Apple’s new ProRAW format is now available to iPhone 12 Pro and 12 Pro Max users running iOS 14.3. The new format promises the power of Apple’s image processing capabilities with the flexibility of a Raw image. But what exactly is a ProRAW image, how useful is the format and what sort of results can we expect from it?

Ben Sandofsky, one of the developers behind the iOS camera app Halide, has answered all of those questions and more in a thorough overview of the ProRAW technology, with illustrations and example photos from Halide designer, Sebastiaan de With.

Sandofsky’s overview is effectively broken down into three parts. That first part explains how a digital camera ‘develops’ an image using the data from the sensor. The second part explains the pros and cons of traditional Raw files. And the third part is where we learn what’s unique about Apple’s ProRAW technology and why it ‘changes the game’ despite ‘its few remaining drawbacks.’

We suggest taking Sandofky’s advice and grabbing a coffee if you plan on reading the entire post, but we’ll summarize a few of the standout details here on DPReview as well in the case you’re in a rush or are out of coffee.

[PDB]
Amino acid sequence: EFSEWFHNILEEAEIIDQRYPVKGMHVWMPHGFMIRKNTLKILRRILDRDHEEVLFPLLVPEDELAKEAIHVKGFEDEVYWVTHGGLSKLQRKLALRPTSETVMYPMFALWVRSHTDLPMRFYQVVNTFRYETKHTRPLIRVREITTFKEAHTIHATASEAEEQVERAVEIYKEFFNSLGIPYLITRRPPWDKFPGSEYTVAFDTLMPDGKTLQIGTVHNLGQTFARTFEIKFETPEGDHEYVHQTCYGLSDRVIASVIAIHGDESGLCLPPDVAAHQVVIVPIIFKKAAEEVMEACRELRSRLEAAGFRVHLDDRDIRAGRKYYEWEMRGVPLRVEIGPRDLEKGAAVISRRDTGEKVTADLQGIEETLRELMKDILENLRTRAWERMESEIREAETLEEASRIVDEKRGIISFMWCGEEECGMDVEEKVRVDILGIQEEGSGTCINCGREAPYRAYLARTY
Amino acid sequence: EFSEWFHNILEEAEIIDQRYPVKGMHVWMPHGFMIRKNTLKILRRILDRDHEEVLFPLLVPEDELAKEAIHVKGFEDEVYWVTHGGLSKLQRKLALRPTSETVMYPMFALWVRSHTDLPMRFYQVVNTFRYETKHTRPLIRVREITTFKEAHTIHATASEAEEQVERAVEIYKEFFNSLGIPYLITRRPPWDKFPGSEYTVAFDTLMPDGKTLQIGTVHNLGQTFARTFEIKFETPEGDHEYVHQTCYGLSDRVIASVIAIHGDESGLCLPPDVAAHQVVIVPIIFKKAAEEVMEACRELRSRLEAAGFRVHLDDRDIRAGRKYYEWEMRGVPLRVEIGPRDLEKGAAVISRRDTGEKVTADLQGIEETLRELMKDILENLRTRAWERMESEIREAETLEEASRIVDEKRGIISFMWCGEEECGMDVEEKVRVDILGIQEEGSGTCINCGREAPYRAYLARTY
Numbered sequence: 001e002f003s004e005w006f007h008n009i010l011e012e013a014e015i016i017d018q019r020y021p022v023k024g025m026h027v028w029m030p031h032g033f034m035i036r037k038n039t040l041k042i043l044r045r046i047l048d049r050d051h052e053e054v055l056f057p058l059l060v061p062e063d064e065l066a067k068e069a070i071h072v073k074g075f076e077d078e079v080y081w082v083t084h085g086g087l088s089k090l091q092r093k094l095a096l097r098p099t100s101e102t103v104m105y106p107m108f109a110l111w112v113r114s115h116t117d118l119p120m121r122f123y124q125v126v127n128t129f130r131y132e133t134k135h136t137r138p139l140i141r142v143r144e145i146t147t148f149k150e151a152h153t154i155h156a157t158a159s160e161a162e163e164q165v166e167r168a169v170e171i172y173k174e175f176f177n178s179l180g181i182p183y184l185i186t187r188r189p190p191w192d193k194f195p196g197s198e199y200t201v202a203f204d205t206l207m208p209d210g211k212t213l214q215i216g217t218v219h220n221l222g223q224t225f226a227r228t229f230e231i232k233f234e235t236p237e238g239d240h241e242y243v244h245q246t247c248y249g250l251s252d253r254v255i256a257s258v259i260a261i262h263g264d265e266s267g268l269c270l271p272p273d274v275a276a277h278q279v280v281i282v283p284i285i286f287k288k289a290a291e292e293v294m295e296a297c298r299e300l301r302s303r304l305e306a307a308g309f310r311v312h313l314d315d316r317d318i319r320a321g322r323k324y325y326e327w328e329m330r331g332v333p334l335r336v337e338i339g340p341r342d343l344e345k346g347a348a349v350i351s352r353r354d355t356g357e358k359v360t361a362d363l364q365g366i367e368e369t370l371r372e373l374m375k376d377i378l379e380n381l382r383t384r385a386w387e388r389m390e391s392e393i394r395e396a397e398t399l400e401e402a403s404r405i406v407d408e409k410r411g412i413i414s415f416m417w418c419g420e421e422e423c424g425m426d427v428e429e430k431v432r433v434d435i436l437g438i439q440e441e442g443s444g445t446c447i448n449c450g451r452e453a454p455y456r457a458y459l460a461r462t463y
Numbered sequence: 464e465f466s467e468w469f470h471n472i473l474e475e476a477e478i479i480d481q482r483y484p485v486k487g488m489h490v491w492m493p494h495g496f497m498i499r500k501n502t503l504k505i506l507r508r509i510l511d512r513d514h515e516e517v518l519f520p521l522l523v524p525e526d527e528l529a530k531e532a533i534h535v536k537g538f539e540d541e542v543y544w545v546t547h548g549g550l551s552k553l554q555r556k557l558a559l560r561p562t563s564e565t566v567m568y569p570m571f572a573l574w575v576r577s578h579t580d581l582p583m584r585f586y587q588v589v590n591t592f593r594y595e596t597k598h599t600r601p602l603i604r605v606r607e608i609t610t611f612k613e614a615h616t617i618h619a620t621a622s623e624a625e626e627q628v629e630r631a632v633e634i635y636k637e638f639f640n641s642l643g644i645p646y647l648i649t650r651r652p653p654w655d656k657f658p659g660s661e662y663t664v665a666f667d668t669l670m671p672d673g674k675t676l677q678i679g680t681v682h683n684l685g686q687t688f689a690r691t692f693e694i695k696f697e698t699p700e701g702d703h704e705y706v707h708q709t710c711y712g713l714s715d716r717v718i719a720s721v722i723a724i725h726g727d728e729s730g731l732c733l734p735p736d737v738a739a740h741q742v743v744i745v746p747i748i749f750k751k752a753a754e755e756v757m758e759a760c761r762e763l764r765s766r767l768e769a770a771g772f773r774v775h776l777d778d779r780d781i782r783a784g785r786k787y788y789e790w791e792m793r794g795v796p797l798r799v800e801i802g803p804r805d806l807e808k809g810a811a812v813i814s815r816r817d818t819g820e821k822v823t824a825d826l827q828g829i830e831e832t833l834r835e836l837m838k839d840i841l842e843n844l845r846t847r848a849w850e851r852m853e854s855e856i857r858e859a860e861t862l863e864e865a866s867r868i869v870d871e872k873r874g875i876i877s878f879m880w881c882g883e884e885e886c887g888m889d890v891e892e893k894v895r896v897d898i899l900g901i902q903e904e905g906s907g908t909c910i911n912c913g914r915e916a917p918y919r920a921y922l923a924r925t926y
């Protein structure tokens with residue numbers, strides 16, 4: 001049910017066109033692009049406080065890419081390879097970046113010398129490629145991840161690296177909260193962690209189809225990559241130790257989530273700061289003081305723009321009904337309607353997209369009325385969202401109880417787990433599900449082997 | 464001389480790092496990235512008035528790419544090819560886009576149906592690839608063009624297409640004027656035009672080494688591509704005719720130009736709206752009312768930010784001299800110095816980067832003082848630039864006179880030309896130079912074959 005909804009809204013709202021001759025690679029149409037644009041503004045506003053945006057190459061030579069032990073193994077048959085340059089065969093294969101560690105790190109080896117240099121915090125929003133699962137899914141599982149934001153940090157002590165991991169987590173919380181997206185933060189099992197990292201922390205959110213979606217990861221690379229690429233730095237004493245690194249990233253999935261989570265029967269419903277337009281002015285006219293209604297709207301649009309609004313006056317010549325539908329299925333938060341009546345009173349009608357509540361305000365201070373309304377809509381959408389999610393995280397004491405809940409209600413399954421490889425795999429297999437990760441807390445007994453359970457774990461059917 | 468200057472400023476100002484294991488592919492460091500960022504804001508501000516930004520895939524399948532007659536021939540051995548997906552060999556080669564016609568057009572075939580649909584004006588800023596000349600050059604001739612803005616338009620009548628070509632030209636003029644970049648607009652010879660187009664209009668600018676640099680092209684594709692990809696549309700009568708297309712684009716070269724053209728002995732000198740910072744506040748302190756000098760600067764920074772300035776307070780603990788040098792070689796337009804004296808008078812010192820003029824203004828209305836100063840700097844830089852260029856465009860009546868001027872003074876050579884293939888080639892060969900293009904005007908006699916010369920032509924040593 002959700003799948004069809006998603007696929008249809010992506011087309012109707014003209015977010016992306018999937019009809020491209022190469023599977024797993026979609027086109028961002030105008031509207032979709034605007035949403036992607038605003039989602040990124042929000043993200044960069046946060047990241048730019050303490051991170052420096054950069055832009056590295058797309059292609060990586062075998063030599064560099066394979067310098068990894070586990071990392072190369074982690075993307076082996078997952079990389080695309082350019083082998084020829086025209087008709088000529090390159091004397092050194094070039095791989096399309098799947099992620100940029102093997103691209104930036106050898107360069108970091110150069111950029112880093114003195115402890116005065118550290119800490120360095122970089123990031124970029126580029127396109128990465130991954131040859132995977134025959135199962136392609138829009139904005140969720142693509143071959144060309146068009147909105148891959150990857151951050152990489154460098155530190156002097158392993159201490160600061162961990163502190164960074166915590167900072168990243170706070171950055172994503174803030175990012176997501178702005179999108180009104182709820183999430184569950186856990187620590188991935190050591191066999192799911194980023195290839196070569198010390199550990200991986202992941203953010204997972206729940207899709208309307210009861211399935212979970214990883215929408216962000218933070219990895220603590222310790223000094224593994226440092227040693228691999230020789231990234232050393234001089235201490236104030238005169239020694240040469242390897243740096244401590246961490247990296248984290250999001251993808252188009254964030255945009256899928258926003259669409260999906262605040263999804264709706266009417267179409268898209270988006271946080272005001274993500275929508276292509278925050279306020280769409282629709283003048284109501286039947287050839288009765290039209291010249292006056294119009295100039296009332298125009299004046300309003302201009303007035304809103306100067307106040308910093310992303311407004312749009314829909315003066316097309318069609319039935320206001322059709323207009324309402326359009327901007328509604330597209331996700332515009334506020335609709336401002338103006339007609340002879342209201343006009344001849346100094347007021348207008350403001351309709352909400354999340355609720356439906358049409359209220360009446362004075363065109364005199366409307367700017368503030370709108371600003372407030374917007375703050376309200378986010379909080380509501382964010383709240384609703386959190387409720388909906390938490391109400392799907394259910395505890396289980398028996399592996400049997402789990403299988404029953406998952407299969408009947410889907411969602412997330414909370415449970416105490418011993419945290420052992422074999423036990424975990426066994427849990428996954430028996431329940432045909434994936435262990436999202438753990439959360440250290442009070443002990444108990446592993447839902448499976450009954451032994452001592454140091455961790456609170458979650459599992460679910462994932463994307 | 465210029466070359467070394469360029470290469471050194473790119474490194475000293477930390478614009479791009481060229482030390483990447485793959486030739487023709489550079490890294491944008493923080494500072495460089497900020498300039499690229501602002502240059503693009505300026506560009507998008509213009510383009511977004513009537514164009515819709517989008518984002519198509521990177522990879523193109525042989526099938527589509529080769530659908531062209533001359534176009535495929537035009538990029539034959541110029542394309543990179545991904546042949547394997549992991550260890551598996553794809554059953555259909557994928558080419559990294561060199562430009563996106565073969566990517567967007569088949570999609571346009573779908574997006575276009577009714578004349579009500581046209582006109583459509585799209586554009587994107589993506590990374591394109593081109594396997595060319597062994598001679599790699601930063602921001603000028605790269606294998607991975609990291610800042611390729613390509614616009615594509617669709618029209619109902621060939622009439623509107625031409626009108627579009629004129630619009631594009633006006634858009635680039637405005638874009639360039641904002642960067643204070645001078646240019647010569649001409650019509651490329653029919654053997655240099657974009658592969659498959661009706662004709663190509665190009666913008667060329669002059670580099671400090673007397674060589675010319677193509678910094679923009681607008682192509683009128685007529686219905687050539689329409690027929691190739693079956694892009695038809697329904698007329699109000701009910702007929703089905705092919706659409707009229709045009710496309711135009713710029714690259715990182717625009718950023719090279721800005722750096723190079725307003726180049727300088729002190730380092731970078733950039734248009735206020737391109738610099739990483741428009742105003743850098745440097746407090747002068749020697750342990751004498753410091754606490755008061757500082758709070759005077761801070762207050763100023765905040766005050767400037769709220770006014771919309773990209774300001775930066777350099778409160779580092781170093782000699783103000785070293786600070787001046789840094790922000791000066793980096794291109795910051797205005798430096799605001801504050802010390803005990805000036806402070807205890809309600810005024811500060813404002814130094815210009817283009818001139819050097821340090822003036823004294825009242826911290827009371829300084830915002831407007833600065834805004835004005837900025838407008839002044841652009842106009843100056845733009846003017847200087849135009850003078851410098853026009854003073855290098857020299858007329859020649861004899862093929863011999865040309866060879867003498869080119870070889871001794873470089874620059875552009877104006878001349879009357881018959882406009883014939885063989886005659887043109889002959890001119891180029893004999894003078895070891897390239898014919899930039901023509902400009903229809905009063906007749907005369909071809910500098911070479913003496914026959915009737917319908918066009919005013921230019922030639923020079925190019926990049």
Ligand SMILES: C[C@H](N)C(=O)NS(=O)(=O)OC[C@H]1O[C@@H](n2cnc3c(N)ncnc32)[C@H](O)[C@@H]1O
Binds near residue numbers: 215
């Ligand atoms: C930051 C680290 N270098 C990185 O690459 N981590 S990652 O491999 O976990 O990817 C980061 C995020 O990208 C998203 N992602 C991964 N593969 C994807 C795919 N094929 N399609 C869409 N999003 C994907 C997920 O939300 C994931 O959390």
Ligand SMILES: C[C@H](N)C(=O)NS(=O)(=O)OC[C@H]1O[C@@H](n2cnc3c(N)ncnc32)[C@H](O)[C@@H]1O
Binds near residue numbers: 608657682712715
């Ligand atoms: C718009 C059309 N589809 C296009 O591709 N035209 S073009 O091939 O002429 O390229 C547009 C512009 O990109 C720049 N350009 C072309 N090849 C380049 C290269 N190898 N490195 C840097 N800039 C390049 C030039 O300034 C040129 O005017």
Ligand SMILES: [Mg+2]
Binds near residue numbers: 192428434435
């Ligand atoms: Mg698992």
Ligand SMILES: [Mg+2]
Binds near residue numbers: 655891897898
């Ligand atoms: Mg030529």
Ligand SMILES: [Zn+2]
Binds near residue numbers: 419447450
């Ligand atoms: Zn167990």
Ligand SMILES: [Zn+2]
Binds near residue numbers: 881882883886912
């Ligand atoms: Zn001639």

Since most DPReview readers are familiar with how a camera processes data from the sensor, as well as the pros and cons of Raw files, we’re going to skip right to Sandofky’s rundown of the new ProRAW technology from Apple.

Sandofsky gets straight to the point, answering a question we’ve seen a few people ask in the comments of previous articles on Apple’s new ProRAW technology — ‘Technically, there’s no such thing as a ProRAW file.’ ProRAW image files, as he explains, are simply regular DNG files that use little known features in the DNG file format specifications, as well as a few new features Apple worked with Adobe to implement in the new 1.6 specification.

Specifically, Adobe and Apple worked together to add a new set of tags for the open Raw format that enable much of what Apple is doing with its ProRAW-branded DNG files. In fact, the new DNG 1.6 specification went live the day Apple released the iOS 14.3 public beta, showing just how closely the two worked together on the new specification.